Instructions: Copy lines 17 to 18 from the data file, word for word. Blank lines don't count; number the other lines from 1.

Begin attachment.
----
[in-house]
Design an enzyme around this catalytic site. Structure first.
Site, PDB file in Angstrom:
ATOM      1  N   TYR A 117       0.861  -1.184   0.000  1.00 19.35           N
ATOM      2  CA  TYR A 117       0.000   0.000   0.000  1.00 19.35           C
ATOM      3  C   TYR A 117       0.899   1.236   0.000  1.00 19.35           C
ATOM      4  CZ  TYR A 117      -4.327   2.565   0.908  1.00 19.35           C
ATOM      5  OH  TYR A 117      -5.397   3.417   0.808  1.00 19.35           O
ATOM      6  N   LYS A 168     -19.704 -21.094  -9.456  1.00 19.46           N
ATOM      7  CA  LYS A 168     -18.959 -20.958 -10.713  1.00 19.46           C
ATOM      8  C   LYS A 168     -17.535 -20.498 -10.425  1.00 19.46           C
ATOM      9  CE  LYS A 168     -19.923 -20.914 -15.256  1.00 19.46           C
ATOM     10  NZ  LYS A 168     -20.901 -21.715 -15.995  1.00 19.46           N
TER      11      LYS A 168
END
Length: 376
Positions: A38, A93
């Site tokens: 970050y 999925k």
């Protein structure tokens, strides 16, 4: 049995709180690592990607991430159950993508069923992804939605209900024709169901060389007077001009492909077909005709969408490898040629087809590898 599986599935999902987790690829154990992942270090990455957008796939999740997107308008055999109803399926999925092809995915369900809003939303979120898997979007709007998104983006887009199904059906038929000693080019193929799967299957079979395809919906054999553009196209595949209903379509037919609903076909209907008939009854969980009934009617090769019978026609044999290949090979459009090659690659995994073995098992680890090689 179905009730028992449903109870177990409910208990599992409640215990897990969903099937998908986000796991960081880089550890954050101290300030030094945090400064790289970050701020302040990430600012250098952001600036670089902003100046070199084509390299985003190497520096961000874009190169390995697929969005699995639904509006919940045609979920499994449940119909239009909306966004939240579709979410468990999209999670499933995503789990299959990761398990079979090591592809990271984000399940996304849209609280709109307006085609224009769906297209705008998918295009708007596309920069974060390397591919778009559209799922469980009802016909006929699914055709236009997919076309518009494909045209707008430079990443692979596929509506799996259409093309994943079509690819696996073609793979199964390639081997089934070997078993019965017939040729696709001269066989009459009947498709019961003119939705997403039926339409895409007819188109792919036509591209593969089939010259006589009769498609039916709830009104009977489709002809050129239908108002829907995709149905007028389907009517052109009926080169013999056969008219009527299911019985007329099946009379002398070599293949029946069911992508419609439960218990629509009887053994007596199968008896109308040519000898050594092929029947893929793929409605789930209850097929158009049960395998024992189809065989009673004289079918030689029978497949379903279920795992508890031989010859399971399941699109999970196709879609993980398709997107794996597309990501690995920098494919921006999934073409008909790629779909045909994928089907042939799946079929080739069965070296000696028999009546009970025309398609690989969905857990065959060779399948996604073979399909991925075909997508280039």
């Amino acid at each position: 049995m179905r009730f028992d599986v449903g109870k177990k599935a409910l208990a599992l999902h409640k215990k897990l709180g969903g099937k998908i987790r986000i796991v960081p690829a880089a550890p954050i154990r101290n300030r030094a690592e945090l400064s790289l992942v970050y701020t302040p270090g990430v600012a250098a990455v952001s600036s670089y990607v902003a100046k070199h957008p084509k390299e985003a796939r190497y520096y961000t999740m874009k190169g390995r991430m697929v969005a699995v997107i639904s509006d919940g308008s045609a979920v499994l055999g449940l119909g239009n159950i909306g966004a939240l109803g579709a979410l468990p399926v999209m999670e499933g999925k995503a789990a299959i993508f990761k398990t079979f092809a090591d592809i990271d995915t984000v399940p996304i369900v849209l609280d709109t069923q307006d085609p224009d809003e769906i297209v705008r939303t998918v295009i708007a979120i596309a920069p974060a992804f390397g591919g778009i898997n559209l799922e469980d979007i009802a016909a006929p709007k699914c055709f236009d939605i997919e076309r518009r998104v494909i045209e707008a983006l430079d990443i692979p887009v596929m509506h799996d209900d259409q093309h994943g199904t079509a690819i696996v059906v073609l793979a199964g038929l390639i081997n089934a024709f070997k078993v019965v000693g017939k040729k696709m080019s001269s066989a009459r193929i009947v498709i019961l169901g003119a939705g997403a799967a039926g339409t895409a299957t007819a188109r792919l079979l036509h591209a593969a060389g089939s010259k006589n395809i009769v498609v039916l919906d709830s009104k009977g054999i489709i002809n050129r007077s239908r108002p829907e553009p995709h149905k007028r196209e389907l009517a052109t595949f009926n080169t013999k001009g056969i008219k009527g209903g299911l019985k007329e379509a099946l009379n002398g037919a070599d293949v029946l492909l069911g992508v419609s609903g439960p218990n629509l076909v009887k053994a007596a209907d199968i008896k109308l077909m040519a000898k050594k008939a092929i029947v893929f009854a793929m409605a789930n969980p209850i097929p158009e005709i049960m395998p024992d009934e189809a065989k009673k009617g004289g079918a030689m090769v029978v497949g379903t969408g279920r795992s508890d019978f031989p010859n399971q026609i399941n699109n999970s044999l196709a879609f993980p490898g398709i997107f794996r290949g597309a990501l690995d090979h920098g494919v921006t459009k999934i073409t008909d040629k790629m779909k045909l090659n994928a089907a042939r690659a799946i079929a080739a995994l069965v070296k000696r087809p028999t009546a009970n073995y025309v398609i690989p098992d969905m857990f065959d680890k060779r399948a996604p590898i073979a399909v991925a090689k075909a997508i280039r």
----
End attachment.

Positions: A38, A93
């Site tokens: 970050y 999925k």